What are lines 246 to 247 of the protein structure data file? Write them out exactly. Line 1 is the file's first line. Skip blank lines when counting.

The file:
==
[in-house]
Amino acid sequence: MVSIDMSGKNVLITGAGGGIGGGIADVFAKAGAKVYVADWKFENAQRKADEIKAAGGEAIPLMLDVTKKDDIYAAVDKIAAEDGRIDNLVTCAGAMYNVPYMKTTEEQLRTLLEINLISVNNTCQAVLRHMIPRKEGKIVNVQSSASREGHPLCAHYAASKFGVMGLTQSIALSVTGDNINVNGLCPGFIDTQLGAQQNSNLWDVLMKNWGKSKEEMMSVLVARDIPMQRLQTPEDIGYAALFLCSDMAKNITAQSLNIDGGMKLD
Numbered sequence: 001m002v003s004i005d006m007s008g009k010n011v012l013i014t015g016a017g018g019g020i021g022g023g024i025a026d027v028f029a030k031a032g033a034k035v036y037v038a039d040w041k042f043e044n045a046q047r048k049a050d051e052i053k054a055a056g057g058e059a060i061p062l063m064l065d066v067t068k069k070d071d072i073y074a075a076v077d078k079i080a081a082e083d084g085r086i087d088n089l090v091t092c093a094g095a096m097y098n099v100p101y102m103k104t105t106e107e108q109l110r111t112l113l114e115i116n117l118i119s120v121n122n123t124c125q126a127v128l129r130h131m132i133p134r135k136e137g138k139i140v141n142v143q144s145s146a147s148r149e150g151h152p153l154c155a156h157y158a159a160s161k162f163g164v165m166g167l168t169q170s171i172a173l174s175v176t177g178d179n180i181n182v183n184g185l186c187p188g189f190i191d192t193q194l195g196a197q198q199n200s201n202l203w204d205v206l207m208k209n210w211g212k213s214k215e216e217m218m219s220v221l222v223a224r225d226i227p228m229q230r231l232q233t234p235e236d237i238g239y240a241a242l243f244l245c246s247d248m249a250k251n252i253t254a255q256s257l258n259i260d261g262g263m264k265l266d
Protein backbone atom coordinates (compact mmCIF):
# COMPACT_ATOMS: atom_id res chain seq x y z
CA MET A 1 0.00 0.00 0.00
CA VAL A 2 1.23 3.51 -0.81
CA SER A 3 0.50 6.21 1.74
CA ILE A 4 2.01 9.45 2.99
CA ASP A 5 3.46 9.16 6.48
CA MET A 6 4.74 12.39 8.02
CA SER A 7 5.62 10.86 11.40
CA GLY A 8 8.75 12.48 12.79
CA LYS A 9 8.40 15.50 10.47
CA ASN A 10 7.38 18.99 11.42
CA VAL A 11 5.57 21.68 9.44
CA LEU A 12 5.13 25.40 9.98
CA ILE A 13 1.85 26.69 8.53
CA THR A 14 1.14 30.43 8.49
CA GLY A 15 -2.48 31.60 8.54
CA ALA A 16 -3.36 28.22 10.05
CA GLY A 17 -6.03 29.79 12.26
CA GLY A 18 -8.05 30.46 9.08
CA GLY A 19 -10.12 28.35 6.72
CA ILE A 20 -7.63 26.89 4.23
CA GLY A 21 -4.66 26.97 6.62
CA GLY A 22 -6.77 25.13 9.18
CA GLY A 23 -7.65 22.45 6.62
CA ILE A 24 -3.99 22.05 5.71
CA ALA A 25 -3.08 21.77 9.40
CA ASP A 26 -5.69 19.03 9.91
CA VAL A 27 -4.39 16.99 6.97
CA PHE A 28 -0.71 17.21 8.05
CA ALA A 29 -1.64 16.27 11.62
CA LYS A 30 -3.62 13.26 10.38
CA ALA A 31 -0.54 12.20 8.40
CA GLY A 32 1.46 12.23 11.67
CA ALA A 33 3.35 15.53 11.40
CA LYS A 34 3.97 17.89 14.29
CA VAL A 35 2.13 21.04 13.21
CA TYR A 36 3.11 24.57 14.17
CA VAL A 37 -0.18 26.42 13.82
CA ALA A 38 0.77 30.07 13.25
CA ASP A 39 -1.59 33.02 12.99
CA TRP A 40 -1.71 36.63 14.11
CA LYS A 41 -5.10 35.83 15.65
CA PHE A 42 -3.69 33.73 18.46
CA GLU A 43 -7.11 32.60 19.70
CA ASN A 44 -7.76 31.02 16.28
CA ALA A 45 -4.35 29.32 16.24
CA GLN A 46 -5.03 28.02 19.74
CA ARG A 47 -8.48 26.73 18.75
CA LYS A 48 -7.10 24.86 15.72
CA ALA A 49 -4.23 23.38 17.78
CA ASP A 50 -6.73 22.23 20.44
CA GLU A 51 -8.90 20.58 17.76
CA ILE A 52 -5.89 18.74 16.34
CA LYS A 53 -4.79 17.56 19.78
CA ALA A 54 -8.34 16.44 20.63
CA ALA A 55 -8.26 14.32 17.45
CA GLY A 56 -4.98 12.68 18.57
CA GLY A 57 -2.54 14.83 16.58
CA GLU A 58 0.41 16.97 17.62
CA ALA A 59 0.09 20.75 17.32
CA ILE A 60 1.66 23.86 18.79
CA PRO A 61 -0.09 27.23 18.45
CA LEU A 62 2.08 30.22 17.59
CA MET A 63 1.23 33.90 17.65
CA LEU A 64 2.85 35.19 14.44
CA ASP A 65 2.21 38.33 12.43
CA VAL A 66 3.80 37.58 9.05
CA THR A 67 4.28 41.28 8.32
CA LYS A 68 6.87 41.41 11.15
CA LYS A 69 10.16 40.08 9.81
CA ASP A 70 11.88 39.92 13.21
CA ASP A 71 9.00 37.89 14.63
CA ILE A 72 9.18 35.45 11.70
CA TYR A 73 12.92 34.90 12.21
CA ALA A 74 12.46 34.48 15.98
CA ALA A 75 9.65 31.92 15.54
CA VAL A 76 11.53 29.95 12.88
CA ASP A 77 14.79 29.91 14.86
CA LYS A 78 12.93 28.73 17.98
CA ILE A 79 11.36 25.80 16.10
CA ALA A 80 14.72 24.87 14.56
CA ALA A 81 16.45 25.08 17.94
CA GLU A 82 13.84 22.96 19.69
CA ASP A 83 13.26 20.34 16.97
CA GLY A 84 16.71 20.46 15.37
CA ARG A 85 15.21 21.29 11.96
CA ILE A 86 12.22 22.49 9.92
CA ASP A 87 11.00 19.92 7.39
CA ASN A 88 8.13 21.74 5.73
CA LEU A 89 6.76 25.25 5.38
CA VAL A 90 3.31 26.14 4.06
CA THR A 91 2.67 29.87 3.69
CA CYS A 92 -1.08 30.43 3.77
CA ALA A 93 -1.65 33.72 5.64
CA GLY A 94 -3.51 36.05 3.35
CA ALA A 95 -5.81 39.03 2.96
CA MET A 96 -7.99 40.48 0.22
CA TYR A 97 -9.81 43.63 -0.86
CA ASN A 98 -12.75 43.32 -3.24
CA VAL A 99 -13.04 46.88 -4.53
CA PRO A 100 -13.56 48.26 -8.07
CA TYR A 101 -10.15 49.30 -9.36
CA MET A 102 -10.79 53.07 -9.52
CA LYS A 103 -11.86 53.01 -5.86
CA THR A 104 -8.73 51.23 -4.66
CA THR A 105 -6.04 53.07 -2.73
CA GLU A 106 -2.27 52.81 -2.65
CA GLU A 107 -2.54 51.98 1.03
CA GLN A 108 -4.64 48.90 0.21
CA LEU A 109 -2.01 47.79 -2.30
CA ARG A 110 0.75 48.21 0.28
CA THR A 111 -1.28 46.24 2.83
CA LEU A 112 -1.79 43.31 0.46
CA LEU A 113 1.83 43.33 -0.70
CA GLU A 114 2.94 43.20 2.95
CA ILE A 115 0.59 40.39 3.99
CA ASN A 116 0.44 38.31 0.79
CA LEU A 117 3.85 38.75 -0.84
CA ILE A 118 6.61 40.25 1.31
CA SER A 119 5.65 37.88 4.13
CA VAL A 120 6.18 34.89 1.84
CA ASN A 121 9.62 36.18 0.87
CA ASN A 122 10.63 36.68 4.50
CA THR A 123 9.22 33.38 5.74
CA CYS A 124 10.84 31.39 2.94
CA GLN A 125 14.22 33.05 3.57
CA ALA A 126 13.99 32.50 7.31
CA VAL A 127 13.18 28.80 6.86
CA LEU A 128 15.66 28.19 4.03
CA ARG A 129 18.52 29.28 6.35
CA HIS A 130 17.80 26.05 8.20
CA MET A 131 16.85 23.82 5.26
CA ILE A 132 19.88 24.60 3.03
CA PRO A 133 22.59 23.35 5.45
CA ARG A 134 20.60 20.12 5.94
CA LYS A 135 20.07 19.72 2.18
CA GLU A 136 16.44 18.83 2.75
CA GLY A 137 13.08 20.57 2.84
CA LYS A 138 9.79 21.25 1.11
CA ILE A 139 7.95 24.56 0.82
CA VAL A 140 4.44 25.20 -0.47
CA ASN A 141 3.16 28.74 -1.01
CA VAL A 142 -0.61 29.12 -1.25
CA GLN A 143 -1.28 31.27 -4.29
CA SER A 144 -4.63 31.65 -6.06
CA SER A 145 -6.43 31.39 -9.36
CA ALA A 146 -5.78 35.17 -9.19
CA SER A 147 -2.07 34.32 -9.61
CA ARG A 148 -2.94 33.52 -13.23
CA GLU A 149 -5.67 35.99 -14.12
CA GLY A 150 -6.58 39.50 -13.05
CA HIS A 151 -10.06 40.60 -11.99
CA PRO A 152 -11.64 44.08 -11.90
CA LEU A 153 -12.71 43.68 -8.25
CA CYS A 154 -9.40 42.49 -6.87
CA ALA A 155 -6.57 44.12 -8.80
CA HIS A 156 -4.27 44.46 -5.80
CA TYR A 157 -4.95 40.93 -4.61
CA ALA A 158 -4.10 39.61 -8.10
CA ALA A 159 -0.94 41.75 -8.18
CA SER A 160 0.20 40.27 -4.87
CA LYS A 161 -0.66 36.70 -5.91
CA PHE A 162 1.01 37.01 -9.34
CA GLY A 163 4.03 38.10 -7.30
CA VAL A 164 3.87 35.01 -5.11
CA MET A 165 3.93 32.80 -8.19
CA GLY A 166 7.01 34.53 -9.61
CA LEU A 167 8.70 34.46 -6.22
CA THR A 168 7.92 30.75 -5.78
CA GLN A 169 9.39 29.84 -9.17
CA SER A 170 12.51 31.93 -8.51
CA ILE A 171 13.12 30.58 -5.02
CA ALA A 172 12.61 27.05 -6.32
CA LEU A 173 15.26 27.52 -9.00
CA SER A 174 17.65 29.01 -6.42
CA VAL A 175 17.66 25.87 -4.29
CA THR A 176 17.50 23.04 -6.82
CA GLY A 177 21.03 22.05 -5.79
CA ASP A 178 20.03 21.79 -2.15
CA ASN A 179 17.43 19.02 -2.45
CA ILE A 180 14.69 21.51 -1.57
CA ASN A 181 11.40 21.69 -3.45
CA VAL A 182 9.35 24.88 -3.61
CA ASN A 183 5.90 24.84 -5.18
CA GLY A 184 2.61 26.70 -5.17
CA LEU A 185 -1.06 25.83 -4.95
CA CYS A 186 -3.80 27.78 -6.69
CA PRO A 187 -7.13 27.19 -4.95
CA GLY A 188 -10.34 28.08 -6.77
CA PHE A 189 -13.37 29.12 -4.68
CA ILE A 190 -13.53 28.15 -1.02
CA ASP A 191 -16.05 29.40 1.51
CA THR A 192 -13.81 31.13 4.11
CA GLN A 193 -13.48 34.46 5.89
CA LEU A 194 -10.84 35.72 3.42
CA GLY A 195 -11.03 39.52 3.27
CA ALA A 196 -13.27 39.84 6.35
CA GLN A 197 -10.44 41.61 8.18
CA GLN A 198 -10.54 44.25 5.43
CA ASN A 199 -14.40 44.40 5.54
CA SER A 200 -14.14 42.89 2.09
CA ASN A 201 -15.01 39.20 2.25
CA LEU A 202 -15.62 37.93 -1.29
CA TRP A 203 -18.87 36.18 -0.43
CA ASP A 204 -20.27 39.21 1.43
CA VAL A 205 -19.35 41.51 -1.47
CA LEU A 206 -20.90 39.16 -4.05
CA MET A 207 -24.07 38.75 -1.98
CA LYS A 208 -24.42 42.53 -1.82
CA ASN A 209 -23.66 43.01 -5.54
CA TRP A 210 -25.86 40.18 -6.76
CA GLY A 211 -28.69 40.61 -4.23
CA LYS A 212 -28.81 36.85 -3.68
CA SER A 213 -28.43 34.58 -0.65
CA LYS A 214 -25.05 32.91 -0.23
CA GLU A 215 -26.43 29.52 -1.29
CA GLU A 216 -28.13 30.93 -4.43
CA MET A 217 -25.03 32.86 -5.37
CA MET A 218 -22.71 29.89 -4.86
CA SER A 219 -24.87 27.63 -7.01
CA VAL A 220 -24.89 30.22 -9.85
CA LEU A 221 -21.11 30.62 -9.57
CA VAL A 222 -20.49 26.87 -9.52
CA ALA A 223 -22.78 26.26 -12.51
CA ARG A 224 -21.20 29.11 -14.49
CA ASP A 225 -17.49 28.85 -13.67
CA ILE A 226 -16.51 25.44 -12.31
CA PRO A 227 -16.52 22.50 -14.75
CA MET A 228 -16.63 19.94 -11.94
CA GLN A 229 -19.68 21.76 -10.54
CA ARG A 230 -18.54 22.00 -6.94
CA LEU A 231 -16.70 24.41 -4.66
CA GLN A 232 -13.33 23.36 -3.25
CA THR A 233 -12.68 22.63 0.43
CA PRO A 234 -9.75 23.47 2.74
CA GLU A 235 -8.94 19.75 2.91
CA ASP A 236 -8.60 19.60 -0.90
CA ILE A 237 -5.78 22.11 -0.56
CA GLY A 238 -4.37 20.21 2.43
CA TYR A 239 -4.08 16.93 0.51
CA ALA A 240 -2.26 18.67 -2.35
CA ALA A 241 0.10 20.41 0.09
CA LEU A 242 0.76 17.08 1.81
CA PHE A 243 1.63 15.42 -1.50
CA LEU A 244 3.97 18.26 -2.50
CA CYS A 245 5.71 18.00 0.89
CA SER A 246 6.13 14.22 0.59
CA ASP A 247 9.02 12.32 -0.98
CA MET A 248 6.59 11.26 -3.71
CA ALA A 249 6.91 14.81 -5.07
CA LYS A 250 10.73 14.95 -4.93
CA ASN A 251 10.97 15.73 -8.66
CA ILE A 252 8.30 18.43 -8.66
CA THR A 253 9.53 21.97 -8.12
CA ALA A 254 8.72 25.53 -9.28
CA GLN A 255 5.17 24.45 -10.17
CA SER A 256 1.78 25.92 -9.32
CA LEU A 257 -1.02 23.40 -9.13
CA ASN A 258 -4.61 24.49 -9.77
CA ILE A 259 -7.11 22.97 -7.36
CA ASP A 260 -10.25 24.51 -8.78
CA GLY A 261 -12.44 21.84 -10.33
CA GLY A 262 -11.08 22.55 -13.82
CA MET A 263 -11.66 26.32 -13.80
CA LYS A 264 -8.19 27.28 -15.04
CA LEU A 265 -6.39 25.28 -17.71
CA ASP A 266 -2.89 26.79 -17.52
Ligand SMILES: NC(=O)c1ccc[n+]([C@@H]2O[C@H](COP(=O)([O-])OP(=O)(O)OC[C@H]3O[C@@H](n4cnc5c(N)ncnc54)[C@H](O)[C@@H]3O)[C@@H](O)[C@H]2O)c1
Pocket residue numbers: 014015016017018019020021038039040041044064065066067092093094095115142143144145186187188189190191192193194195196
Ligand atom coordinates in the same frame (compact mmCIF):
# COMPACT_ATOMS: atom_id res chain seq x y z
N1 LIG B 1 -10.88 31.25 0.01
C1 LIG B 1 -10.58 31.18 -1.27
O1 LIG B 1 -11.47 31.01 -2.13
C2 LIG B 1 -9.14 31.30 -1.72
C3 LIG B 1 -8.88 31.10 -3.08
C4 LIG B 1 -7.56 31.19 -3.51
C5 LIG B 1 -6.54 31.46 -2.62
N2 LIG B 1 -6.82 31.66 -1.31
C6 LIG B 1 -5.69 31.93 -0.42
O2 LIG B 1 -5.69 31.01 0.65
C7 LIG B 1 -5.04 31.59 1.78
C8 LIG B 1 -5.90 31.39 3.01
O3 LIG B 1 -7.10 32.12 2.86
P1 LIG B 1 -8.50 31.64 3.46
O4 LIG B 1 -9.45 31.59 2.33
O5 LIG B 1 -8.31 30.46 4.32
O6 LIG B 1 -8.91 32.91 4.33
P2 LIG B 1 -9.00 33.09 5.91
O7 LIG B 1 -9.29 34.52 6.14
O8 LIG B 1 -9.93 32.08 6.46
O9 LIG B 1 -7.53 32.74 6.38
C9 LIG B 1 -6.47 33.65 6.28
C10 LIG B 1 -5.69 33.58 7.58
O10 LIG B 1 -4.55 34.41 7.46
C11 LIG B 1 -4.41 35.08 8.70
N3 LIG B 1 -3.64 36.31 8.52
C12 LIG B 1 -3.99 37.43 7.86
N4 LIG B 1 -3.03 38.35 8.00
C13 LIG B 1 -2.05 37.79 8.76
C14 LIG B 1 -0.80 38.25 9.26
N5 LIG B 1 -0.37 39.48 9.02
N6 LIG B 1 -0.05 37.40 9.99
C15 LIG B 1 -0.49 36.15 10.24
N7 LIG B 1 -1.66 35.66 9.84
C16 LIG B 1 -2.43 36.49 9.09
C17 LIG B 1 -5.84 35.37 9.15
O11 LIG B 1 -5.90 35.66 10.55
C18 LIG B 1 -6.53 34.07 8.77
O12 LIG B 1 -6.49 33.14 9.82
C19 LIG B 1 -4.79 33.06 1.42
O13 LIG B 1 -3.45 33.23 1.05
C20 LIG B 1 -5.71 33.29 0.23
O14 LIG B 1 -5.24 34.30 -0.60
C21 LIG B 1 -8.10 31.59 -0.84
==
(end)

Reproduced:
CA ALA A 241 0.10 20.41 0.09
CA LEU A 242 0.76 17.08 1.81